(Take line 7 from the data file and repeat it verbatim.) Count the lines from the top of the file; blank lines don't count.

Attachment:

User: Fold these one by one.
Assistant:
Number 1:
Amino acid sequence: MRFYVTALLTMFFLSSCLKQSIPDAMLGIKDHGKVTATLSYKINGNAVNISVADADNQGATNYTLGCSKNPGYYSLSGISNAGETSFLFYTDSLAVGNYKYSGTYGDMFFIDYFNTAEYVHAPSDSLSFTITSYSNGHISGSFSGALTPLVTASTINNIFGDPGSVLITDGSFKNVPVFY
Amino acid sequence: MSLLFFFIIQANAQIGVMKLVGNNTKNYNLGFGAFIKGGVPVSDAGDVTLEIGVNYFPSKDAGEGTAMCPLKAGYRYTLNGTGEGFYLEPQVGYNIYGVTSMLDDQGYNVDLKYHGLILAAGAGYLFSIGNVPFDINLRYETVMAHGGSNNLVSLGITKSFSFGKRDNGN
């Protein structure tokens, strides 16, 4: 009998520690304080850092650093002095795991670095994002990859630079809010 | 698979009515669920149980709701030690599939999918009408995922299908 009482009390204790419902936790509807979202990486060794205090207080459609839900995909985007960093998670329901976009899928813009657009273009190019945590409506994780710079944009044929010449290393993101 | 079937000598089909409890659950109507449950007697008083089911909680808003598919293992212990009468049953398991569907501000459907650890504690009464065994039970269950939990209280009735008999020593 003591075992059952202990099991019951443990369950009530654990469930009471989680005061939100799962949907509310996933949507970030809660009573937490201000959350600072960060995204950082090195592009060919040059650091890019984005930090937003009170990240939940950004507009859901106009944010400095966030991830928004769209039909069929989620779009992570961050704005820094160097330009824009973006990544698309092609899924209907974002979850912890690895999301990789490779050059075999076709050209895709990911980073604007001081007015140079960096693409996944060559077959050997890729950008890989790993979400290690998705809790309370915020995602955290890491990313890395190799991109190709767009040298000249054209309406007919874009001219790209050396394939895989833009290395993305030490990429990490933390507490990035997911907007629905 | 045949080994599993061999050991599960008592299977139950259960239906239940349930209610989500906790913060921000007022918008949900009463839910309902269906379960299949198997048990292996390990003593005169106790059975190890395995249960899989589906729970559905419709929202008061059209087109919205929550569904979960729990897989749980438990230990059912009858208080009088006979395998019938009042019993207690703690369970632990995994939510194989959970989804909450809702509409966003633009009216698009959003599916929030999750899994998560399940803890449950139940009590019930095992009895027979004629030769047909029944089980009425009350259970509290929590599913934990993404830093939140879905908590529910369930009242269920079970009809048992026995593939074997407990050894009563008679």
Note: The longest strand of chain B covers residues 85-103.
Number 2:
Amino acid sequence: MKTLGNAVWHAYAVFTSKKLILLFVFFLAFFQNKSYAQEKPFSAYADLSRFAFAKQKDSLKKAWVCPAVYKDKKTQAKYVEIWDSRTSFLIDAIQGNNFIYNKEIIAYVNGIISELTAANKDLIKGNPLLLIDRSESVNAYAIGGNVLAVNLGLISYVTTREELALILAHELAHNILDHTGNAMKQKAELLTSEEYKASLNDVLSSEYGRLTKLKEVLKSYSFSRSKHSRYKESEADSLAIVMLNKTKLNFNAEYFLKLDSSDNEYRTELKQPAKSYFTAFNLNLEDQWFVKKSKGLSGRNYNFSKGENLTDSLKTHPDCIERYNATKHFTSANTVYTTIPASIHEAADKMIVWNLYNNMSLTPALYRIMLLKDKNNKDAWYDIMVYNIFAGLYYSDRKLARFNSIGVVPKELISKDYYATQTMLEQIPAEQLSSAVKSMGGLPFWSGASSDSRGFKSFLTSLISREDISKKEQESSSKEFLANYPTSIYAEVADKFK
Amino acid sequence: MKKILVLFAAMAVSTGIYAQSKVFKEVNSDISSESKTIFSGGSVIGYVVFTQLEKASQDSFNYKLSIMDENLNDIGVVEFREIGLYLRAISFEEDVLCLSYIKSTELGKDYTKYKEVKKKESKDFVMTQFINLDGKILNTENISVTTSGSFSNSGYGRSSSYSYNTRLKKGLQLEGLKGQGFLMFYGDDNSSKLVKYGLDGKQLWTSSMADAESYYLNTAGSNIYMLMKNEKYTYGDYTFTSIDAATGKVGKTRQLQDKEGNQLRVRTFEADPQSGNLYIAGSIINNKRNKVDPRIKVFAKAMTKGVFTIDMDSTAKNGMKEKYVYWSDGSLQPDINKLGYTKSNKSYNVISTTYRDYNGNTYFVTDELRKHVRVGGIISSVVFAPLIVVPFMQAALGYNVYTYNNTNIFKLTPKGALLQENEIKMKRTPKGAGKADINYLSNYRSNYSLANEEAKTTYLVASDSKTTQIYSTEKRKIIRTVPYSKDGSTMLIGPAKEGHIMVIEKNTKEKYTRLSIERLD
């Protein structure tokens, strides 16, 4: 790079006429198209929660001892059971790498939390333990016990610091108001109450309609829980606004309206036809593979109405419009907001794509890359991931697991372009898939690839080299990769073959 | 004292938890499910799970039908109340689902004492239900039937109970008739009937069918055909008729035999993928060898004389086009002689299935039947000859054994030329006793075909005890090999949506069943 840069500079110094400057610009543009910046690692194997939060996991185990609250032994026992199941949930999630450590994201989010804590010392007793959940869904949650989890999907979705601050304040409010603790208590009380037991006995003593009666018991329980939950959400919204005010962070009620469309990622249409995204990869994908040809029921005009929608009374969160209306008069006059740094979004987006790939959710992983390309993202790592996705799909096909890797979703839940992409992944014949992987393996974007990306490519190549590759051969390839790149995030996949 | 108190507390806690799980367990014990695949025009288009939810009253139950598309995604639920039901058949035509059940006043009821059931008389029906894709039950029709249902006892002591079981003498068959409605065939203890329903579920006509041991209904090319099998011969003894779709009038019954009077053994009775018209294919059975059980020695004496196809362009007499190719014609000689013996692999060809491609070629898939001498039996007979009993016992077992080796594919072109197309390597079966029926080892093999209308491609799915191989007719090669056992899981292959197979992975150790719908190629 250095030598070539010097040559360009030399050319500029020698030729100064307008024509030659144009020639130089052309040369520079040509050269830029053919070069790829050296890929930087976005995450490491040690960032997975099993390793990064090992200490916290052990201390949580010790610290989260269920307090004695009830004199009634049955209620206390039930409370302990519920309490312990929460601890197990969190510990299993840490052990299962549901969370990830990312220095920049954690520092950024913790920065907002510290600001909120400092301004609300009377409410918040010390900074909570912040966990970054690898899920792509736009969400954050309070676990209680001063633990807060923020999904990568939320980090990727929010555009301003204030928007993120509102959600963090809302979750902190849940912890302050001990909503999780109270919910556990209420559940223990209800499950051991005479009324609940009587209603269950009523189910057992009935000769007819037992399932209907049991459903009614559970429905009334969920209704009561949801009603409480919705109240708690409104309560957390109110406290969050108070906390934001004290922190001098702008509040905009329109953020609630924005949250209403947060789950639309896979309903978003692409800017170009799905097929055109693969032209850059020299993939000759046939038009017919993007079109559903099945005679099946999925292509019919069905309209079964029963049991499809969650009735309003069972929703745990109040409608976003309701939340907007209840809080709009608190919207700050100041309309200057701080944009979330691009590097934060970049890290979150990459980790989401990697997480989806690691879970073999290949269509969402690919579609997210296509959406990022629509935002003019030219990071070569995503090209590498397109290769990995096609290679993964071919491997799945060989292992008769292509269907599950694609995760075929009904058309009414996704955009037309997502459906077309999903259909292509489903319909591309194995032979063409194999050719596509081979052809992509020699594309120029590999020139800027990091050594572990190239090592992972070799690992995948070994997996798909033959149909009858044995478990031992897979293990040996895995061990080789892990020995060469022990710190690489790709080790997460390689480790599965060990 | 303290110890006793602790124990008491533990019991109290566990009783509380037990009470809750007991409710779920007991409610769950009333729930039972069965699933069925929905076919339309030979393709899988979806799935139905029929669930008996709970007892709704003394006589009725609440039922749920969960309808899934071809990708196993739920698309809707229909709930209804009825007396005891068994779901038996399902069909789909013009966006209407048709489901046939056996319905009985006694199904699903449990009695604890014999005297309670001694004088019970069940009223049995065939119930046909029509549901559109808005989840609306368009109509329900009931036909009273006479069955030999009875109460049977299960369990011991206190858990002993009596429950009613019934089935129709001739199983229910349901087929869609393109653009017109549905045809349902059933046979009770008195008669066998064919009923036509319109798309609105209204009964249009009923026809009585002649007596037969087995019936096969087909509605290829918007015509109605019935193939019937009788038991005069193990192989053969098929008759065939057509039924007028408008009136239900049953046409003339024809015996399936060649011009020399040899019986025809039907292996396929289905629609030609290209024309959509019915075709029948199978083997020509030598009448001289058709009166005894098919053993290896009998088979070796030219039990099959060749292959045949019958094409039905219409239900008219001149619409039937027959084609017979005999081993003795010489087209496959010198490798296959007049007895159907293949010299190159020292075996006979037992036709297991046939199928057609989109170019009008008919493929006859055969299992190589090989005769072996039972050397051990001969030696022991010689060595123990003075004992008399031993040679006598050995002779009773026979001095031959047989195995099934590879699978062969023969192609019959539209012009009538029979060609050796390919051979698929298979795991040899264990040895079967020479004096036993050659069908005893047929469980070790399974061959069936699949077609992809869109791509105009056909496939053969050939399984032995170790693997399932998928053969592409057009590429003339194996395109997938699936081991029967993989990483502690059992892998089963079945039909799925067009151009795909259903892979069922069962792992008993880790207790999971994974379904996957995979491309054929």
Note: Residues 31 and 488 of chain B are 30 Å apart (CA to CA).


Note: The longest strand of chain B covers residues 85-103.